- The Bank of Canada and ECB interest rate decisions will be the biggest events in the economic calendar.
- Analysts expect that the two central banks will leave rates unchanged in their meetings.
- Other events will be the GDP data from Japan, Eurozone, and the UK.
The economic calendar was eventful last week as we received global manufacturing and services PMIs and US nonfarm payroll numbers. We also received inflation data from Europe and the Reserve Bank of Australia (RBA) interest rate decision. In the same week, the US dollar had its best week since May as traders reacted to strong economic data from the United States. Let us look at the key economic events to watch this week.
Central bank decisions
The ECB will start its monthly monetary policy meeting on Wednesday and deliver its verdict on Thursday. This meeting comes at a time when data from Europe have been relatively mild as countries reopen. As a result, analysts polled by Reuters expect the bank will leave interest rates and its asset purchases unchanged. Still, analysts expect a signal that the bank will increase its quantitative easing program by about 350 billion euros in December.
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In North America, the Bank of Canada will start its monetary policy meeting on Tuesday and deliver its decision on Wednesday. Like the ECB, analysts expect that the central bank will leave interest rates unchanged.
In Europe, talks between the European Union and the United Kingdom will resume in London. This meeting comes at a time when the possibility of a no-deal Brexit is rising. Just last week, Boris Johnson said that the UK would prosper greatly even if the two sides failed to reach an agreement.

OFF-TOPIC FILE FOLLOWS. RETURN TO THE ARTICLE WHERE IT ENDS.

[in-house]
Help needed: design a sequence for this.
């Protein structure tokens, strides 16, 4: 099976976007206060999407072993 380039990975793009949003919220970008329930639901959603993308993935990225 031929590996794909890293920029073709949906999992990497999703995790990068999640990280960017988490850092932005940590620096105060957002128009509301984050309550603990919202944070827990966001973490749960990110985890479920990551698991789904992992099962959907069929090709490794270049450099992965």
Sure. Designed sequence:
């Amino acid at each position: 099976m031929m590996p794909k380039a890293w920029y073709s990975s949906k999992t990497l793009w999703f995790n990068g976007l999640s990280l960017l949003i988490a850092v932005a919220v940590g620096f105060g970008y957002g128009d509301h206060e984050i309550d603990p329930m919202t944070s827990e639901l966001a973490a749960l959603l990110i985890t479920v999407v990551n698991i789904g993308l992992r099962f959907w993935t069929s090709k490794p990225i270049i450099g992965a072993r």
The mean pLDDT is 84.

And on Sunday, the Financial Times reported that the UK planned to unveil an internal market deal that will override key sections of the withdrawal agreement. Among the parts to be affected will be on state aid and Northern Ireland customs.
The economic calendar will have several important numbers. Earlier today, China released its August exports and imports numbers that revealed a large trade surplus. On Tuesday, the Japan statistics office will release the second-quarter GDP data. Analysts expect the current revision to show that the economy contracted by 28.6% in the second quarter. The statistics office will also release the overtime pay and household spending data.
On the same day, Eurostat will also release the final reading of Eurozone’s GDP data that is expected to show that the economy weakened by 15% in the quarter.
On Wednesday, China will release its CPI data while Switzerland will release its unemployment rate numbers. Meanwhile, on Thursday, we will receive machinery data from Japan, inflation data from Sweden and Norway, and initial jobless claims numbers from the US. Finally, on Friday, we will get the final reading of Q2 GDP data from the UK and inflation numbers from the US.